The Five C's of Credit Blog

The Five C’s of Credit for a Small Business Loan

Thinking about getting a small business loan? Familiarizing yourself with the five C’s of credit can help you understand the factors that lenders consider. Unlike a personal loan which examines individual credit history, business loans look at the five important characteristics to determine your creditworthiness.

What are the five C’s of credit?

Character refers to your business reputation. Lenders look at this as an indicator of stability, responsibility, responsiveness and integrity. Lenders are interested both in your credit reputation as well as your professional reputation within the industry and among consumers. 

A business with a poor credit rating and a history of providing poor customer service could be at high-risk. After all, if the business isn’t satisfying customers it could put the bottom line in jeopardy. 

The lender will also consider the business owner’s character and reputation. Major issues in the owner’s past could be seen as character flaws that hurt the business. 

If you have a good track record of making payments on time and consistently have good reviews, your business character should perform well by the lender’s standard. 

Capacity refers to your ability to make payments based on financial performance. The lender will review past financial statements to determine if your projected future performance will support your loan. Your cash flow needs to be high enough to support current and future debts to pass the capacity review. 

If your capacity is too low for the lender, they may lower the loan amount. Alternatively, if your projected performance is high, they may offer you more money.

Capital refers to the equity invested in the business by owners and stakeholders. Business equity is the value of your assets after deducting liabilities.

Equity can include tangible assets like property, equipment, inventory, accounts receivable and petty cash, and intangible assets like trademarks, patents and copyrights.  

Tangible business assets are considered collateral on your business loan. 

Lenders will look at the amount and type of equity held by the business to determine if that equity is enough to secure the loan should the business fail to make payments. 

Should your business fail to make payment or default on the loan for any reason, this collateral can be seized by the lender as a secondary source of payment.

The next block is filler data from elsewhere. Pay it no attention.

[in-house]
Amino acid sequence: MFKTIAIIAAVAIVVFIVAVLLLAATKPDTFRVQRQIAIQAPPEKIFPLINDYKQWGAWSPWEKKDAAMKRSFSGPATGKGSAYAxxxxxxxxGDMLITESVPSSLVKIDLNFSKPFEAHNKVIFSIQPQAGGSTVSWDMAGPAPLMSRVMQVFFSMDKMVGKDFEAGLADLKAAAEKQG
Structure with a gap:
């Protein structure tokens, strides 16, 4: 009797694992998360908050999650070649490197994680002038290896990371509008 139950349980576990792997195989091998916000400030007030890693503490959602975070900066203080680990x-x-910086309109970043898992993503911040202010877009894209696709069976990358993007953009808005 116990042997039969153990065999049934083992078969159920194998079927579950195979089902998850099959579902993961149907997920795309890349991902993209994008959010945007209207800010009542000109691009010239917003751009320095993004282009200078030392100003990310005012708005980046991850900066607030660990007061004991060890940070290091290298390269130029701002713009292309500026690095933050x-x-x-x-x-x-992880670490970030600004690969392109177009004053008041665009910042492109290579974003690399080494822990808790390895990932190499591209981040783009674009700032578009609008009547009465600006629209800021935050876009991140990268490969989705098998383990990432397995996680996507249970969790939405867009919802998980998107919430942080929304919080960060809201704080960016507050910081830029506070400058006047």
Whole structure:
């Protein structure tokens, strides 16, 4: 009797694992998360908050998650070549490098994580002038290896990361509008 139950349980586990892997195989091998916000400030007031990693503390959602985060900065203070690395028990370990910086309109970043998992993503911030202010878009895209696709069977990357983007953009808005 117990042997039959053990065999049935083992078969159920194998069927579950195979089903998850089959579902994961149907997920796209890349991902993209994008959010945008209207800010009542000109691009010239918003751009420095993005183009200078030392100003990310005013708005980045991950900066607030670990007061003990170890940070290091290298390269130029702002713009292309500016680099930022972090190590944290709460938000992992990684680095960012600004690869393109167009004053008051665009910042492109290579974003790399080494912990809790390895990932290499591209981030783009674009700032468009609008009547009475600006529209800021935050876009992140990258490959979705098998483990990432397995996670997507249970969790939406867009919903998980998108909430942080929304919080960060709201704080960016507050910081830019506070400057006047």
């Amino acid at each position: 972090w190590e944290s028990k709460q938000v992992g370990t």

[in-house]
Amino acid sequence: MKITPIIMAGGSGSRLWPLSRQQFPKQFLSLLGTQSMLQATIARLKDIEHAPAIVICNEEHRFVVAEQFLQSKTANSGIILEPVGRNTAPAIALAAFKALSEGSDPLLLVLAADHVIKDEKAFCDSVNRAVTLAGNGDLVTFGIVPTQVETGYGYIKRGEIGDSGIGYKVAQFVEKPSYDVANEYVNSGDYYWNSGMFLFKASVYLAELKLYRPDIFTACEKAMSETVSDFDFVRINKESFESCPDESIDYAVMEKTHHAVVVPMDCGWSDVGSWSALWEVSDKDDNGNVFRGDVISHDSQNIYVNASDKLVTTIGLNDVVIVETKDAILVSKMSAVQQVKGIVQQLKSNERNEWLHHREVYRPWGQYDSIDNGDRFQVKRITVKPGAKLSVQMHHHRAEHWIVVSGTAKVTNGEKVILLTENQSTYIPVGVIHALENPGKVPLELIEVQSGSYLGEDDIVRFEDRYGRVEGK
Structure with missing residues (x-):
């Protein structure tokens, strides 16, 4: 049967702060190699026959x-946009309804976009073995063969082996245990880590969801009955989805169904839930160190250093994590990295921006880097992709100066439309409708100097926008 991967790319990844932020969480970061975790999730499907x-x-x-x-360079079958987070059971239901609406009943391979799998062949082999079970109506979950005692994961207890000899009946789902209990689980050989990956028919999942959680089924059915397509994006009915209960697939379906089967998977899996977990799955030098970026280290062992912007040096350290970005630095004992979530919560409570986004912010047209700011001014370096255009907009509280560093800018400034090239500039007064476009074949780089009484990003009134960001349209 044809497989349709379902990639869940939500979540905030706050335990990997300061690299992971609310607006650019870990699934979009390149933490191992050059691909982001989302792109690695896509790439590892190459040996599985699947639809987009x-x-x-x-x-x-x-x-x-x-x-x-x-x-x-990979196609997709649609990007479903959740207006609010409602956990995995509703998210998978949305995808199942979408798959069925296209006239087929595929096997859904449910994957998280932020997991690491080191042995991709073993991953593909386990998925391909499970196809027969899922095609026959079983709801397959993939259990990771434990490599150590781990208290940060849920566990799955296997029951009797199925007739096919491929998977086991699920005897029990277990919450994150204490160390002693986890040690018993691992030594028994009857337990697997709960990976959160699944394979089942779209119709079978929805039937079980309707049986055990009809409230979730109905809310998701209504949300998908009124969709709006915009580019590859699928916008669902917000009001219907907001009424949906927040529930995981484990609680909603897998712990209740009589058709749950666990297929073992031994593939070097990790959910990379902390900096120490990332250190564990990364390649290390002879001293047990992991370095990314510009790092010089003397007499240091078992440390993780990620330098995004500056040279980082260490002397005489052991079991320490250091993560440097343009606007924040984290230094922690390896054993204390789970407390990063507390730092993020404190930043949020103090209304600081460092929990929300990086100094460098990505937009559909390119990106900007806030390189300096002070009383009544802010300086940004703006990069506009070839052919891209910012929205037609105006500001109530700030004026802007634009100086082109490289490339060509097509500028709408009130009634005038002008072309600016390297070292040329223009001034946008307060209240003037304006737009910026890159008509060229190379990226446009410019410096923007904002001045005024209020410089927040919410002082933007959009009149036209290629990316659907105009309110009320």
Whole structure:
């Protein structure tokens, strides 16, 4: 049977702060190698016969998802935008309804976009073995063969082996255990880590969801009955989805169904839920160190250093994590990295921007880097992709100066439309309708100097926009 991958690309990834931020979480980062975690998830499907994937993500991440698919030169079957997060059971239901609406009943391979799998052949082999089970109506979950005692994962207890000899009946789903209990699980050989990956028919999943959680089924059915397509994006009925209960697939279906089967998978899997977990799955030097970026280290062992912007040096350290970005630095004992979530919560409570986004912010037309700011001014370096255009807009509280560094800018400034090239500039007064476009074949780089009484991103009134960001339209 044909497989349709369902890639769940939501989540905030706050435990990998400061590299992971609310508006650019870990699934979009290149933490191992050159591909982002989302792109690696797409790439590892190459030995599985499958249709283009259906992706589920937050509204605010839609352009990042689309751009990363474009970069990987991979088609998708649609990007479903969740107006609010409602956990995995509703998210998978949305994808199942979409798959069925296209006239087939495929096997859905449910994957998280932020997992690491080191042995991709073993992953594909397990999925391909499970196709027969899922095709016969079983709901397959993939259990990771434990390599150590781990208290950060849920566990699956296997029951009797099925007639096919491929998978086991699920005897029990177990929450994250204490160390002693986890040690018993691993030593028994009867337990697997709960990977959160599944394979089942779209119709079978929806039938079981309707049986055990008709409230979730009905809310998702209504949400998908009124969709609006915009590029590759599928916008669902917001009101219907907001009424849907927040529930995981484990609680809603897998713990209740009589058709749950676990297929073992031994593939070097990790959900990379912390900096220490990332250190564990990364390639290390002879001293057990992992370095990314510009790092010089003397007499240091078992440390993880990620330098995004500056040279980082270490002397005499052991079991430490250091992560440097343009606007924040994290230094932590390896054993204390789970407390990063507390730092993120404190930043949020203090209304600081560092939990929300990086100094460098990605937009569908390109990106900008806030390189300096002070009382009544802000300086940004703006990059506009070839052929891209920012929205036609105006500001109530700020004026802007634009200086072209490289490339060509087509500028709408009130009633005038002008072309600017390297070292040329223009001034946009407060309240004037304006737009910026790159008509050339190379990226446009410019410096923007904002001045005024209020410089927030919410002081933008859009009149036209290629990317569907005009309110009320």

The conditions in a business loan refer to two things. First, conditions include the terms of the lending agreement such as principal, interest, fees and repayment terms. 

Conditions also include the economic climate in which the business is operating. The general economic climate is considered as is the state of a particular industry in which the business operates. 

If trends show a downturn in profitability for the business either generally or specific to their industry that could affect the lender’s decision to make a loan. On the other hand, if conditions are good, that can be advantageous for the business. 

In either case, the lender wants to know that the business is prepared to handle current conditions and mitigate risks. 

Why Are The Five C’s Important?

Knowing the five C’s before you apply for a business loan will help you anticipate obstacles and make necessary changes or improvements before you start the loan application process. 

The five C’s can help you assess both your strengths and weaknesses as a company. They may also give you important information that will help you approach the right lender. 

Savvy investors will also consider the five C’s before putting their capital into a business. Knowing how your business measures up will better prepare you to get the funding you need. 

5 Questions to Ask Before Applying For a Business Loan

  1. Am I Familiar with the 5 C’s of Credit?
  2. Is my business in compliance with all local, state and federal laws and regulations?
  3. Have I researched the current economic conditions in my industry?
  4. Is my business model viable for the growth I hope to achieve?
  5. What are my strengths and weaknesses as a business?

You know your small business better than anyone else. So you are in the best position to root out any weaknesses or shore up any strengths that might help you make a case to a prospective lender or investor.

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